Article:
Having heard the parties’ submissions, the judge began by considering the natural meaning of the words used in the clause.

The judge was of the view that the use of the phrase “the hire”, particularly when taken with the identification of a single “due date” (which phrases were naturally to be read together), provided an initial indicator in favour of the right to withdraw being tied to only a particular (single) hire instalment.

This was the more so, thought the judge, where, as Charterers had pointed out, each claim for an instalment of hire under a time charterparty is a separate cause of action (fn.2). It was therefore, in the judge’s view, not a natural use of language to say that, in relation to the sum not paid in respect of the fourth hire payment, its “due date” was the date for payment of the sixth hire instalment.

In attempting to avoid this problem, Owners argued that to some extent because of the accounting (as the hire statements were “rolled-up” documents, i.e. setting out previous hire instalments as well as the current one and setting out a running account of sums due), whatever hire fell due or was owing and payable became so on that date, hence transforming the due date into a date applicable to the historic hire. However, this was an artificial approach in the judge’s view, because as regards the historic hire no due date could be created by “rolled up” hire statements, and they would not, for example, have prevented Owners from commencing proceedings to recover the hire before the date for the sixth instalment.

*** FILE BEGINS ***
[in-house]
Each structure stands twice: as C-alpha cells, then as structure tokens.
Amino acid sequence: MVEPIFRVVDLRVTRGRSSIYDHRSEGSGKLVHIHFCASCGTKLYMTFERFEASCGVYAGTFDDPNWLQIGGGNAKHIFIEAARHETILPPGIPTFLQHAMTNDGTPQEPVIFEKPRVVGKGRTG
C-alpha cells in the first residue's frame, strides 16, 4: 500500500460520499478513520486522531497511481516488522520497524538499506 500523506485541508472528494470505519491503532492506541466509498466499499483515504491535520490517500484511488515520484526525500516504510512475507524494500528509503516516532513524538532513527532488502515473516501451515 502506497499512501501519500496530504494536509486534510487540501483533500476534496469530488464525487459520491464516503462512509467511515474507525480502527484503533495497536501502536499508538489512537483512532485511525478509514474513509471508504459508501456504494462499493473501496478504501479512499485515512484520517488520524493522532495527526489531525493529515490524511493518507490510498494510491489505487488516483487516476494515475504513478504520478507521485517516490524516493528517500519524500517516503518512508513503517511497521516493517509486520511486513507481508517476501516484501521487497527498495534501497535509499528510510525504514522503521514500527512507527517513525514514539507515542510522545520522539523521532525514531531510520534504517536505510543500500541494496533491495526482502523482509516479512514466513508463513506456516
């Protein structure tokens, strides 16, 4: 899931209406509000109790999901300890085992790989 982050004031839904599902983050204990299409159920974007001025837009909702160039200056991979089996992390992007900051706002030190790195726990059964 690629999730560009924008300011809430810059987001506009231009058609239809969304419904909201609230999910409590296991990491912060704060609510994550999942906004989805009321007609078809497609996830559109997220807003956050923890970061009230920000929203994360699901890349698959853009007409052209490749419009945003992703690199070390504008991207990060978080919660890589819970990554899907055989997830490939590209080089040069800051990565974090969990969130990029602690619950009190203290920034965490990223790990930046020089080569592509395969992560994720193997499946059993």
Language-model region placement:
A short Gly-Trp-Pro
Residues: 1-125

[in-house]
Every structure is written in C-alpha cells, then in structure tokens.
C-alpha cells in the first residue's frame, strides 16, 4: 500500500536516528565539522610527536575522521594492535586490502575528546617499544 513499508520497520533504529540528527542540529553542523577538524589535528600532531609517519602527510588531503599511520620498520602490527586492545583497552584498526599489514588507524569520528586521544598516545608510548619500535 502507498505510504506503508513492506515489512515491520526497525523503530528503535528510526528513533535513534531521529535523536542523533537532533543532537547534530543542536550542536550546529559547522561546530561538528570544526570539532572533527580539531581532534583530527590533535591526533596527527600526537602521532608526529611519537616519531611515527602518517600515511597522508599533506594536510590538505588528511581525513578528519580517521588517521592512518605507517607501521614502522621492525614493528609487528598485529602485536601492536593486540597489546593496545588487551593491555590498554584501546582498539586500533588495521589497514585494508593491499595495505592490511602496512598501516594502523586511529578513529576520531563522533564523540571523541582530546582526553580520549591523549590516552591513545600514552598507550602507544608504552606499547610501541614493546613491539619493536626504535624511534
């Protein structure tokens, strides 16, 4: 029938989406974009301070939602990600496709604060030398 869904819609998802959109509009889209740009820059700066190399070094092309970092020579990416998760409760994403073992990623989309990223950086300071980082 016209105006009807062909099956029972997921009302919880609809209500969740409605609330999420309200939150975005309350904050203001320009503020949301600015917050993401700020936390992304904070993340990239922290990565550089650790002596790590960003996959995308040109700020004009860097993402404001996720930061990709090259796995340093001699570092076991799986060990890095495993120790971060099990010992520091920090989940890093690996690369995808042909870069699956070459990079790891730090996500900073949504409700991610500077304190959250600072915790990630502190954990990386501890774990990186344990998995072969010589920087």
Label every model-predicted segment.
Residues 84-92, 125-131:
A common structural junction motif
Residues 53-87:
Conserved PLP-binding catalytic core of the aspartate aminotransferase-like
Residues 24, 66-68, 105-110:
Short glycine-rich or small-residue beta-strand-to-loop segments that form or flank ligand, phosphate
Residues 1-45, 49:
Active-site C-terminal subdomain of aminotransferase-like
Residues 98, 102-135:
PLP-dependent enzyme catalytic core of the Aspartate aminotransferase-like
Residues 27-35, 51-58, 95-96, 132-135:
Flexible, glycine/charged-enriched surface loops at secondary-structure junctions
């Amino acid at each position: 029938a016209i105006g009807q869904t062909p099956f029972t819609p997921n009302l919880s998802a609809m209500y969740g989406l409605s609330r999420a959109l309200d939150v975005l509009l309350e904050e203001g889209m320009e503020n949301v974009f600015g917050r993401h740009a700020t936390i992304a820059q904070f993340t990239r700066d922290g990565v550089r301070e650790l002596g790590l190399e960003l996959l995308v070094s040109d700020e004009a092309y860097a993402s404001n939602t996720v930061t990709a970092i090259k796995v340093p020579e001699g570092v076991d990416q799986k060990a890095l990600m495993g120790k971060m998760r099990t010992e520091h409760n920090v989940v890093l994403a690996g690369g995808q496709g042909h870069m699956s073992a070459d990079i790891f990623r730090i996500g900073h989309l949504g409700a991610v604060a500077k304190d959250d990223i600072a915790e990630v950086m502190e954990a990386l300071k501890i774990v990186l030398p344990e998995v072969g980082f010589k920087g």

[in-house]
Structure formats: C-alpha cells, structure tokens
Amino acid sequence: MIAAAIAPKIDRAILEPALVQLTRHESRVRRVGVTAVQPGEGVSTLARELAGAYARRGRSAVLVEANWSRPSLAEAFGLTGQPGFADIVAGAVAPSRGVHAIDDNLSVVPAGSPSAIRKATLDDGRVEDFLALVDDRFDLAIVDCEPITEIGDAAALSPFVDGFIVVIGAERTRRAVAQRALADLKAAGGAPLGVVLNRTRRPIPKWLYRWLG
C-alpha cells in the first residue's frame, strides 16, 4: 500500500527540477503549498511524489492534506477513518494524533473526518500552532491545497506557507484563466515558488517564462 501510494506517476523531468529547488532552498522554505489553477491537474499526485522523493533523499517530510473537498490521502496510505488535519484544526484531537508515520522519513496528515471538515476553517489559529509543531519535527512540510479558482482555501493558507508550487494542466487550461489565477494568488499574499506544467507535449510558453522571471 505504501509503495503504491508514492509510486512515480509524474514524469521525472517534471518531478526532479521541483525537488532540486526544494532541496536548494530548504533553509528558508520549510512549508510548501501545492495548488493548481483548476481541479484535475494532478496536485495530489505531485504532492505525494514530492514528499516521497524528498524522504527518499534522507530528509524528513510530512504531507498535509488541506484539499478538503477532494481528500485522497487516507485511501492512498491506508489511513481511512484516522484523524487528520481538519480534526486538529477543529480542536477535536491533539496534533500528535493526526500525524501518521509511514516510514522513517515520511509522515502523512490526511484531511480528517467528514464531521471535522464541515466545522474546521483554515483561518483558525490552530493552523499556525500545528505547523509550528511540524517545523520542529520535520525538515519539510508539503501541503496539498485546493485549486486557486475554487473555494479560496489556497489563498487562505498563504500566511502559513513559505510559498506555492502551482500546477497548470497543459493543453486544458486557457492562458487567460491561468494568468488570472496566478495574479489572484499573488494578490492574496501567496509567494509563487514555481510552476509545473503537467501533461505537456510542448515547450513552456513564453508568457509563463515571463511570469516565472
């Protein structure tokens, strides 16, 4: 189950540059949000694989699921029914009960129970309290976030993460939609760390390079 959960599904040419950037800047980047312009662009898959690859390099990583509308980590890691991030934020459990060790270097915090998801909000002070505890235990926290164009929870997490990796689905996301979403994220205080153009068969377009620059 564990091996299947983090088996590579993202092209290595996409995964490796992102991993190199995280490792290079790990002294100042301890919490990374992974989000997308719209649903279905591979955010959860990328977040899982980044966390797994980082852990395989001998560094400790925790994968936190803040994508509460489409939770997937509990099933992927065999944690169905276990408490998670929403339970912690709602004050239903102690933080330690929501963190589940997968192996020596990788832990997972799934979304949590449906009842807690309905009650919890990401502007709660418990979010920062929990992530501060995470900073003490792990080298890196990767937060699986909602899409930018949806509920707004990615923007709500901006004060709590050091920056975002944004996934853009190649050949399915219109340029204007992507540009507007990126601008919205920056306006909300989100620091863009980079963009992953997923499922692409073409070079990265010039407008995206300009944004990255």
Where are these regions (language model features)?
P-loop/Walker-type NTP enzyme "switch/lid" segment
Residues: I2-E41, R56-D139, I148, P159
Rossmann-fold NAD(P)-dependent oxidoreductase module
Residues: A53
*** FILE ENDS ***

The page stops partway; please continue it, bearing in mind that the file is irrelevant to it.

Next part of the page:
As such, the wording here, considered the judge, much more naturally reflected and reinforced the necessary connection between the relevant hire instalment and the (single) due date. It also prescribed conditions for withdrawal that simply could not be satisfied in respect of historic arrears.

Owners’ argument also impermissibly elided the very real distinction between the continuing entitlement to recover hire as a debt and the independent contractual entitlement to withdraw. The distinction and the existence of the other rights was a significant factor, in the judge’s view. A right to the hire as a debt arose automatically and was not particularly easily lost. But the right to withdraw was a “nuclear” option; it is hedged about by careful contractual requirements and, as the case law makes clear, it can be easily lost.

The judge also noted that the four parts of the BIMCO clause were plainly designed to operate as a coherent whole (for example indemnities cover both suspension and withdrawal), which counteracted any suggestion that sub-clause (b) could have a different focus from sub-clause (a).

Commercial Context

Finally, while Owners raised a number of arguments about the commercial context, the judge considered that the more commercially uncomfortable results came from Owners’ arguments. That produced a result where, far from offering a scheme involving speedy certainty, late hire could be a basis for withdrawal possibly for a period of years – but only at the time of some later, completely distinct, payment. That was a solution, thought the judge, which lacked logic or commercial coherence.